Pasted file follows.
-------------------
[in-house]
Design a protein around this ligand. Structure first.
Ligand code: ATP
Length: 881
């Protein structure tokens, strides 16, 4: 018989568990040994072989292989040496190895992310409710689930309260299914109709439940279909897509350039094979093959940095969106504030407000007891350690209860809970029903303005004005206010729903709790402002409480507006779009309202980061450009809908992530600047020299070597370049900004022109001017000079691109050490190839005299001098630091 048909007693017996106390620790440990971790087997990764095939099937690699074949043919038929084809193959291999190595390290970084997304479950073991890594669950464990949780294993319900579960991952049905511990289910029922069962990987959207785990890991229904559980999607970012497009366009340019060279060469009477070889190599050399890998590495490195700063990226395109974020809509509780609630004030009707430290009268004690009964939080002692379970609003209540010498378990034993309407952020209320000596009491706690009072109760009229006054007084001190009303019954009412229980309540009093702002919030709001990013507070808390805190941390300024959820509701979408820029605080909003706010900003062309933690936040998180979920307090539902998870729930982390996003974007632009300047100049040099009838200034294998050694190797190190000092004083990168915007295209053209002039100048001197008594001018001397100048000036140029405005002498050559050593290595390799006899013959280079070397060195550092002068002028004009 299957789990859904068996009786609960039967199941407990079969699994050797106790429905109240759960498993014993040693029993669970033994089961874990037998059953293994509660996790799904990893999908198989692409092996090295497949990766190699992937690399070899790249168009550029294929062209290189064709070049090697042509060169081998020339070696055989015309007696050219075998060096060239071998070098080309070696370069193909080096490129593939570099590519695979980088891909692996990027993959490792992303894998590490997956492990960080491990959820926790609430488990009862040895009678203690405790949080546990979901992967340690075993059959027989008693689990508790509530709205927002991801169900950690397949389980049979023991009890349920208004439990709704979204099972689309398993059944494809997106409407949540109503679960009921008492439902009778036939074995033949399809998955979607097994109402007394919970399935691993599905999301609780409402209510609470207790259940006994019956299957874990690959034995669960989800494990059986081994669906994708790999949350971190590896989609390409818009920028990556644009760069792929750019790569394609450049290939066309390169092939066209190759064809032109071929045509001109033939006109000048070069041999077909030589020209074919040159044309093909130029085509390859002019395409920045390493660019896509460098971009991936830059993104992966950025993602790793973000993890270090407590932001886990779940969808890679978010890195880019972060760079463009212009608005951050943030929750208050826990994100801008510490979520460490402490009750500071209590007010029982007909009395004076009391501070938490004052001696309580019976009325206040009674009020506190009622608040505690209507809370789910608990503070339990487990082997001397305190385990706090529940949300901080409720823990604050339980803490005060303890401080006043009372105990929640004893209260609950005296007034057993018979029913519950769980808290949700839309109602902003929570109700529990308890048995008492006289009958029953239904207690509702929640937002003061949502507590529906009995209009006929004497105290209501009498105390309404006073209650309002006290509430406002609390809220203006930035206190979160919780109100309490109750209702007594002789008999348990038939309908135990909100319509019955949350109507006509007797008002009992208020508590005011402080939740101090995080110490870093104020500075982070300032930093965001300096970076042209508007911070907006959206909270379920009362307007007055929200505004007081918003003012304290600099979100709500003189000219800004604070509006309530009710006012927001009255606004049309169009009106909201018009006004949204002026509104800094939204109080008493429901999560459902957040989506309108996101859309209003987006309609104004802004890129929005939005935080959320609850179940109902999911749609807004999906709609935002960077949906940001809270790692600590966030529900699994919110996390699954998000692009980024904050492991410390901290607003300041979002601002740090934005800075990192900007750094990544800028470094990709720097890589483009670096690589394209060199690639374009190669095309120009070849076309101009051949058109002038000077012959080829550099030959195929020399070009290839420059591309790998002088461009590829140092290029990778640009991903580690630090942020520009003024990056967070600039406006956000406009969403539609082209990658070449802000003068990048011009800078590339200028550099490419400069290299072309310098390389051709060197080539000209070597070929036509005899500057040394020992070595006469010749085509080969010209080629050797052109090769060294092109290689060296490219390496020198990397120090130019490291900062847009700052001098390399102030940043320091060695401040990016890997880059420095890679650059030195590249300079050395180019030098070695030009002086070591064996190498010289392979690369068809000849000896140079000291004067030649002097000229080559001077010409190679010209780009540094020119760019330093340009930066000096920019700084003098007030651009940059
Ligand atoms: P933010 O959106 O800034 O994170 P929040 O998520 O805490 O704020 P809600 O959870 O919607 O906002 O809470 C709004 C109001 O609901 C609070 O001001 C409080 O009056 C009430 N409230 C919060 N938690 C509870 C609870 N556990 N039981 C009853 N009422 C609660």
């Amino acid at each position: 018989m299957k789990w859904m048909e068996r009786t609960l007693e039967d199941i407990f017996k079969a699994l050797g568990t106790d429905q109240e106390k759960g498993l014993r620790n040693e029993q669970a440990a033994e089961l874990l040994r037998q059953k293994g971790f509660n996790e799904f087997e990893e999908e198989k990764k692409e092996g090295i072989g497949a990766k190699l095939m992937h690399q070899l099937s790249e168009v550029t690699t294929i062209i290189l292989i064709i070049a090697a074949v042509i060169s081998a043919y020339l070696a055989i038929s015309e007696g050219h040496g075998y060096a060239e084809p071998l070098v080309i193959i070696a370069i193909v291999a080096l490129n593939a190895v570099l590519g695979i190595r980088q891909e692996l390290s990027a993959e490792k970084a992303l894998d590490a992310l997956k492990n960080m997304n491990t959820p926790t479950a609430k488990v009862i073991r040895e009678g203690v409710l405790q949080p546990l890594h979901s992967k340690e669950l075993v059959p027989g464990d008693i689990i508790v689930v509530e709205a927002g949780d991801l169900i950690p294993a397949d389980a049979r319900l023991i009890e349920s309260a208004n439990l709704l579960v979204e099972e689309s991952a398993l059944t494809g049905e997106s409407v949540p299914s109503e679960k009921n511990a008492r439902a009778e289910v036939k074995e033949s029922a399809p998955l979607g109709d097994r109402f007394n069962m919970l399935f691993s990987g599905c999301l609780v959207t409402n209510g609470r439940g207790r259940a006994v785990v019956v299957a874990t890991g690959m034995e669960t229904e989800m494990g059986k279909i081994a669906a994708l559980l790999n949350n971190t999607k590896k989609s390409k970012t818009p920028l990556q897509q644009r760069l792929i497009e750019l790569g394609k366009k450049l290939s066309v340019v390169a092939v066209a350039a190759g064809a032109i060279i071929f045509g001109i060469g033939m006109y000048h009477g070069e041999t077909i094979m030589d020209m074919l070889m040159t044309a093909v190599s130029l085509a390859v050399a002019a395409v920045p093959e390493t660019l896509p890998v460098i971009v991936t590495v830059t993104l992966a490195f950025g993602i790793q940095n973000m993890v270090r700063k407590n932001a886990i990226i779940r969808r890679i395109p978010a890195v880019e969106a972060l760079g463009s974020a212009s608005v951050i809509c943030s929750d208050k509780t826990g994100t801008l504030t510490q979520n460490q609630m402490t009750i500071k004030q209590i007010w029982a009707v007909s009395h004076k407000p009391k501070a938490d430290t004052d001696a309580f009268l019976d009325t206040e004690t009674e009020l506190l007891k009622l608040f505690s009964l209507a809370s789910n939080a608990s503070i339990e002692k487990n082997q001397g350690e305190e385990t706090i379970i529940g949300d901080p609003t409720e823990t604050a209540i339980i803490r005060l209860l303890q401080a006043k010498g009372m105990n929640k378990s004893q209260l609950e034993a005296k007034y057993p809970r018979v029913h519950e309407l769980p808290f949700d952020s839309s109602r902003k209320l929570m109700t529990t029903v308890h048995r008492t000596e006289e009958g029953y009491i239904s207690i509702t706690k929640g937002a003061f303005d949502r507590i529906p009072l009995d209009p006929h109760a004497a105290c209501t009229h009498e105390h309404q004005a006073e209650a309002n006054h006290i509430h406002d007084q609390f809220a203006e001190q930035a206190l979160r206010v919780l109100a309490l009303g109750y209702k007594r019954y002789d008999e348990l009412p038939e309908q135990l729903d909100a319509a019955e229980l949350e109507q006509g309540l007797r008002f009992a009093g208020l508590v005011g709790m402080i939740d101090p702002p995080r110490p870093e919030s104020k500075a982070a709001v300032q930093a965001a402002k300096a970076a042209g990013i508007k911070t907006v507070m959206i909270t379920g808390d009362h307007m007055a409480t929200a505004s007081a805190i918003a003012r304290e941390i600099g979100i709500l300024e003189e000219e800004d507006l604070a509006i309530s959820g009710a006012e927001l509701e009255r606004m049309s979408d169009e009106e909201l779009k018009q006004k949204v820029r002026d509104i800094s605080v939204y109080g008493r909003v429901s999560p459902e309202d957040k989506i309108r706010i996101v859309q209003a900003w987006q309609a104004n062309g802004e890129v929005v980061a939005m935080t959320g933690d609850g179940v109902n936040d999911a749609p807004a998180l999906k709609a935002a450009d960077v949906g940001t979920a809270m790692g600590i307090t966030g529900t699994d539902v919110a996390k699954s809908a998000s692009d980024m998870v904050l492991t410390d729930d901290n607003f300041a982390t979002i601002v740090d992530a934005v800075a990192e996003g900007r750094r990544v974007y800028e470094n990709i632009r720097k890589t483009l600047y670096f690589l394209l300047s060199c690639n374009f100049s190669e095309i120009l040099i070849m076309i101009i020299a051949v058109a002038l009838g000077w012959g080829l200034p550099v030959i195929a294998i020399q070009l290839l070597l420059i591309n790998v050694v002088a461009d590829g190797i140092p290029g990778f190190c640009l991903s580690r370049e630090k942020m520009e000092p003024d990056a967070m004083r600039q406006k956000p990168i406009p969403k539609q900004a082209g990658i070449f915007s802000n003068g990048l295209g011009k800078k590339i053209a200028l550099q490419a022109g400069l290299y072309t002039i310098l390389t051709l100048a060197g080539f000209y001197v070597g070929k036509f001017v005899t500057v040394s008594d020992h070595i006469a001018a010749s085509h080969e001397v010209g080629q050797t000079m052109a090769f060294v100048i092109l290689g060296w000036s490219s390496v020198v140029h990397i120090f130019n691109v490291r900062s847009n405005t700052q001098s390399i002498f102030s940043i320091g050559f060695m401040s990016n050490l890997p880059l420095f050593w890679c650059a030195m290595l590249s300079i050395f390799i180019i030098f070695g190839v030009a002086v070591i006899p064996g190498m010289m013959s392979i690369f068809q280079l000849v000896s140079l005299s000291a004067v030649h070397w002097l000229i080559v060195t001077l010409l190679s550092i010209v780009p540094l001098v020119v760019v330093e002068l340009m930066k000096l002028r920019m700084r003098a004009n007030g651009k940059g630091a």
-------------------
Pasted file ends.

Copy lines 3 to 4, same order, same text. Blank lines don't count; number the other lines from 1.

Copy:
Ligand code: ATP
Length: 881